Rotary Youth Leadership
Some 30kms from King Williams Town lies a tiny village called KwaShushu, where nothing much happens – save for the annual Easter rugby tournament.
With a population of just over 100 people, according to the last Census, KwaShushu is the quintessential story of rural life in the Eastern Cape – with poverty, unemployment and substance abuse rife within the community.
But one young man is determined to change that, one step at a time.
And as the sun rose on the morning of the 16th December 2018, Abongile Zaza realised his dream as the residents and friends of KwaShushu B were preparing for a very important event.
The Rural Cancer Awareness Fun Walk and Run, in loving memory of his late mother, was a milestone in the leadership story of Abongile.
Abongile joined the Find Your Voice Rotary Leadership Programme in March 2018. Working as a technical assistant at Isringhausen, Abongile was encouraged by his line manager, Greg Thompson to apply for the leadership programme. When he looks back on that day, Abongile says:
“I was really not ready, like the timing was very bad for me because my mother was in and out of hospitals at that time. She was in the last stage of cancer. But on the application form they had a very powerful slogan which said “Find your voice” and that was exactly what I was looking for and I said Yes and I applied.”
He joined 21 other delegates on a crazy adventure that culminated 9 months later in the race that he organised in KwaShushu, supported by his leadership class of 2018. The rural areas are without adequate information to detect early warning signs of cancer that could save their lives. That is exactly why Abongile decided to organise the cancer awareness fun walk and run.
“In the process of trying to find my voice, I actually found myself, my vision and the purpose of life. It has now been 11 years shifting/drifting around trying to find myself, my vision.”
Experience from The Rotary Leadership Programme suggests that successful leadership takes more than just skills from a course or a programme. Leaders need followers and for leaders to realise their potential, they require support on their journey of leadership. They need a platform, in the form of a network of caring people, that show up for them and contribute to their success. The Rotary Club of Gately and the Leadership Development Institute (LDI) Trust are committed to providing the network, the tools and the skills for young adults to not only meet the challenges of the future, but the immediate challenges facing our province.
In his final presentation, after the completion of the course, Abongile says
“Special thanks to facilitator Guy Rich for not forcing me to talk, you’ve been awesome. To Marc Morrel for rescuing me and Rooks Moodley for empowering me to chase my vision even though it was so big. To Chris Ettmayr, my mentor, thanks for the guidelines and support. And to my workplace sponsor/mentor Greg Thompson, thanks for this wonderful opportunity. And thank you to Gately Rotary & Rotarians.”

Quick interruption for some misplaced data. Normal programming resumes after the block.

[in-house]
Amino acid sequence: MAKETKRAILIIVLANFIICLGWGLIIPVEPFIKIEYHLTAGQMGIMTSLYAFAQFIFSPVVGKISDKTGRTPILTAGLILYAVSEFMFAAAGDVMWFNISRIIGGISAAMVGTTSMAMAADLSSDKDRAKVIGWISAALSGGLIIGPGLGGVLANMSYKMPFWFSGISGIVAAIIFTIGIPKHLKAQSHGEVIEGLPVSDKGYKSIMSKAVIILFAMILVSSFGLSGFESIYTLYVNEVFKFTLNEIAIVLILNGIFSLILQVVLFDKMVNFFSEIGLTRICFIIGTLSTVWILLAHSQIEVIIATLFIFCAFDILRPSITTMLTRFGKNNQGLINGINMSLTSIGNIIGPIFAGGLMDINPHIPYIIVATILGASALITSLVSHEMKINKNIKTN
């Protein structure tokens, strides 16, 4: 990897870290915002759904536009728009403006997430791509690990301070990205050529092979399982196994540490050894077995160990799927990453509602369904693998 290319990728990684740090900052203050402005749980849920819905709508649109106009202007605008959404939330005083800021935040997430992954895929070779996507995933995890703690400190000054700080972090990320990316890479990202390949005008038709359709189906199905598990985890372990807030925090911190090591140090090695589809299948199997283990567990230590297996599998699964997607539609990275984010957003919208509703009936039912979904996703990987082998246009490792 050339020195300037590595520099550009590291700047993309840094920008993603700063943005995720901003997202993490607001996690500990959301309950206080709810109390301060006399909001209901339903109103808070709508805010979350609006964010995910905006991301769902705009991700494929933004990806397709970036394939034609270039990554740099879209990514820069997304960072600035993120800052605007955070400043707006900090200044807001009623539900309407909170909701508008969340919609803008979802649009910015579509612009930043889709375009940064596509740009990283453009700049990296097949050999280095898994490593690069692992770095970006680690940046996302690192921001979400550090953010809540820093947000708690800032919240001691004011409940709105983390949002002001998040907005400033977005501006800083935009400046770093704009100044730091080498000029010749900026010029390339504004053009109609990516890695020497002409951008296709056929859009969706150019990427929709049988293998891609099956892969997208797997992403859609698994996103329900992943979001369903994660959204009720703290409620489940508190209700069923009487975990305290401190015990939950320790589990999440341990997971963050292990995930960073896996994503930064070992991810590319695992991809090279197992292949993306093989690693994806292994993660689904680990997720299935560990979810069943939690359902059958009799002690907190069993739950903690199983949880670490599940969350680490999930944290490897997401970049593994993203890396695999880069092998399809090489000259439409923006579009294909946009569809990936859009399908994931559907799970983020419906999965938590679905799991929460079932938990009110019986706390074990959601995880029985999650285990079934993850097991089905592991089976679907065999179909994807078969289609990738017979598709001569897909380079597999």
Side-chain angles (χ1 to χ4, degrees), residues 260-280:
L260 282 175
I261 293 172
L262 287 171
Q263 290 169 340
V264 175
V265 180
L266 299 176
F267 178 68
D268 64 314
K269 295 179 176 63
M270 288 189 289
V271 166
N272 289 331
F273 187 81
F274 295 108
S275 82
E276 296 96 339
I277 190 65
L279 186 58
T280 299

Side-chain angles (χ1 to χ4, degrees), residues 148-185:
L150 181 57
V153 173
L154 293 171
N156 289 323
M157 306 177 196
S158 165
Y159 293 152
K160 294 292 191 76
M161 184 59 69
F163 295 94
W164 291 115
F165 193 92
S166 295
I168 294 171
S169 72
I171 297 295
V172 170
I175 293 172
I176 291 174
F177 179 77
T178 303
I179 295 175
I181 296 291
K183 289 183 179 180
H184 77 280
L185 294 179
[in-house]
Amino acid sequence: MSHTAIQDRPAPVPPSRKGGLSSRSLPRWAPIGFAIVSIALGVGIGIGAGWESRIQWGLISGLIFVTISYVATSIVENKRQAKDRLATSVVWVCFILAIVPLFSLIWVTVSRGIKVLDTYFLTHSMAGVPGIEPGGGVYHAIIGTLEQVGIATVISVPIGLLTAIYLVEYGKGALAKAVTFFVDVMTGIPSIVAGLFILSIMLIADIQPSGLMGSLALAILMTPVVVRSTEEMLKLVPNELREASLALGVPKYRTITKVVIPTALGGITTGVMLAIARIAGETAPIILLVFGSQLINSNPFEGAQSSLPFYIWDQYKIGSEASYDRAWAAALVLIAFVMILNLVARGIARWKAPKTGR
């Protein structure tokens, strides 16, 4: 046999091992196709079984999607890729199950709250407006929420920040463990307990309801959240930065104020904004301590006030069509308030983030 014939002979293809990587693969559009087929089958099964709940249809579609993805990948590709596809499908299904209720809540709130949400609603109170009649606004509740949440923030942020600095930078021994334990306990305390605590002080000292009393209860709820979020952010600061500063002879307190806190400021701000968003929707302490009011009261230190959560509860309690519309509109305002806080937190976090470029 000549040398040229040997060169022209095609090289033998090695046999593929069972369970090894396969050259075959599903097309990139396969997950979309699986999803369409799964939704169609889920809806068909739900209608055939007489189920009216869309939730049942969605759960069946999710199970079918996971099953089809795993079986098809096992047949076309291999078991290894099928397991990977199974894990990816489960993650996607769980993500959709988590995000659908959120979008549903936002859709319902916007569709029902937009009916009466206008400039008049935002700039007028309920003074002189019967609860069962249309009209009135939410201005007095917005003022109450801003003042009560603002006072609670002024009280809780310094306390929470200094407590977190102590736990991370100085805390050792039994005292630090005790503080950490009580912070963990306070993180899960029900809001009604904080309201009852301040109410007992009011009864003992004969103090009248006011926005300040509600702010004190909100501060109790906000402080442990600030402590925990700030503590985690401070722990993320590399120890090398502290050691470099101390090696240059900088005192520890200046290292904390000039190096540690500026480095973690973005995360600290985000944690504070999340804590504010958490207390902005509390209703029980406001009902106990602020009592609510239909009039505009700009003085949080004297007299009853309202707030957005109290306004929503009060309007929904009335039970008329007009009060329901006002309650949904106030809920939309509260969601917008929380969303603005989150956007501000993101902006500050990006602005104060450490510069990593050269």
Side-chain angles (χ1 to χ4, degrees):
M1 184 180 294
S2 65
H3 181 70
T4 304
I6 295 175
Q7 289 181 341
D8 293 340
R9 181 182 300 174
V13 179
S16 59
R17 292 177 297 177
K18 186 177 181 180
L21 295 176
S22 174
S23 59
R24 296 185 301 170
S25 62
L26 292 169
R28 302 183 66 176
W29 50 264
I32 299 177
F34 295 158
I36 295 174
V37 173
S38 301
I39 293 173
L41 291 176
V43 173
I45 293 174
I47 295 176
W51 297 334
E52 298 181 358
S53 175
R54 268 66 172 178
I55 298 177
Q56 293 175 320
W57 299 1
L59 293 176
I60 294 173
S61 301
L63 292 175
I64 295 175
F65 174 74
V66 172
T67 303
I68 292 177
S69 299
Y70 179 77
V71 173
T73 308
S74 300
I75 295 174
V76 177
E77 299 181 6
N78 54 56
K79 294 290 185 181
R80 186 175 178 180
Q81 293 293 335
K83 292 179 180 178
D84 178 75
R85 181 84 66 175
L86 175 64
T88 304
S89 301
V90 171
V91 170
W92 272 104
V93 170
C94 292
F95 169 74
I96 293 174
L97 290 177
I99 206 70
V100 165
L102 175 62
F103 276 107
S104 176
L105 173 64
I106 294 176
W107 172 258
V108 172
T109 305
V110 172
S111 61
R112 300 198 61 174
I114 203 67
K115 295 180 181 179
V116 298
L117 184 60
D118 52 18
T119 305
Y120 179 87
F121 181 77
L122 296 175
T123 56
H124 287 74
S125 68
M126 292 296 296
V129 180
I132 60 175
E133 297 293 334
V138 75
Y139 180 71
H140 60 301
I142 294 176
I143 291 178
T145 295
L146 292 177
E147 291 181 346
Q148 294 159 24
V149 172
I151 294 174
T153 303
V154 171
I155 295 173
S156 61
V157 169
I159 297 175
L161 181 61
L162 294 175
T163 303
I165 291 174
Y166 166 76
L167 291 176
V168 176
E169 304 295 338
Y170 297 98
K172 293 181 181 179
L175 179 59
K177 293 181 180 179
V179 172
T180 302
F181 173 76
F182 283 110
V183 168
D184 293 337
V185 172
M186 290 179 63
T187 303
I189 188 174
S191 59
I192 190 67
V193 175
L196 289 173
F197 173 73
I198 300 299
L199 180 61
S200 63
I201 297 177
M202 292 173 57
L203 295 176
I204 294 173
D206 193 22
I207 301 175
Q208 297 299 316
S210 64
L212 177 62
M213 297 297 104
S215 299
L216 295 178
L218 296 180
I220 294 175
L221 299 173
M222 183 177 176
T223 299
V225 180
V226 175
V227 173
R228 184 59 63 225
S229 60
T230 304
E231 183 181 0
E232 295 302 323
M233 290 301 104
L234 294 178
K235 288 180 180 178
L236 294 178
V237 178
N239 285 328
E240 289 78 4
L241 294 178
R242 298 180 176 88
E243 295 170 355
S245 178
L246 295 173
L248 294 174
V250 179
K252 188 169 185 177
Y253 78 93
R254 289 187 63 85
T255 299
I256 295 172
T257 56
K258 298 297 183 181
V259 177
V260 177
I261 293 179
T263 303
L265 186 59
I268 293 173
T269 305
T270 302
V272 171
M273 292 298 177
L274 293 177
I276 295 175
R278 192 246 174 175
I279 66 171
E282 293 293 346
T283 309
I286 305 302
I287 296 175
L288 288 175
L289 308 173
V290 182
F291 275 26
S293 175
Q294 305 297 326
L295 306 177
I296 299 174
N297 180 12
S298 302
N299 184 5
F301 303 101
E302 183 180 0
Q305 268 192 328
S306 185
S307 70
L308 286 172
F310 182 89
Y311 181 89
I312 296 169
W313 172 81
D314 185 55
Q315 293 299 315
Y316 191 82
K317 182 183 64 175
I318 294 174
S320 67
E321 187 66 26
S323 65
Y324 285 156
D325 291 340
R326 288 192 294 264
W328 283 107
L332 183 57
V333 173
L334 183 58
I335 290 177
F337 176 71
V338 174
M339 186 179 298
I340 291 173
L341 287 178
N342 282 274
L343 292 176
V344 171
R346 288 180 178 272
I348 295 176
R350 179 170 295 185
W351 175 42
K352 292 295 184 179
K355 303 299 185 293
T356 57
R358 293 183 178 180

The 7 month course forms part of the greater Find Your Voice Project – in which two critical aspects of leadership are measured. The first is individual growth of the delegates, through assessment of cutting edge leadership methodologies known as Leadership Fluencies. The second is the number of initiatives led by these young people, either in their respective businesses, or in the community.
Although Abongile is committed to this journey, he realises it is not going to be without obstacles. “Now I know what I want to be, but I have to give myself a chance to go back to school, I need to invest in me, unfortunately I can’t quit work so I’ll have to do it part time,” he says.
As he joins the newly established Alumni Group under the leadership of Rotaractor Nitesh Harry from the Class of 2017, we hope to continue to strengthen the support base. We are continually looking for leaders in the East London community who are willing to mentor the young adults that are selected for the programme. Abongile’s Rotary mentor, Chris Ettmayr reflects on how rewarding mentoring is . “It’s been a real privilege for me to be involved in Abongile’s time on this programme and he has given us inspiration, instead of us just imparting knowledge to him. He had some challenges that he has handled in a very mature manner and now with the new leadership skills and techniques that he has picked up from this course, I am sure that he will thrive to even greater heights. Abongile is self-motivated, which made it very easy for him to take up new opportunities. I am very keen to see where he moves from here onwards as a solid alumni of the course and a leader in his respective areas of business and home life.”
When Winter Rose take to the field, to represent KwaShushu village, at the rugby tournament over the Easter weekend, Abongile will not only be rooting for this local team. He will also use his voice to raise awareness about cancer.
“Nothing much happens in my village except for the Easter rugby tournament. That's another reason why I chose to organise the cancer awareness fun run around December. Most people didn't understand the idea behind it and wanted to see how it would turn out. The next one will be even bigger,” says Abongile.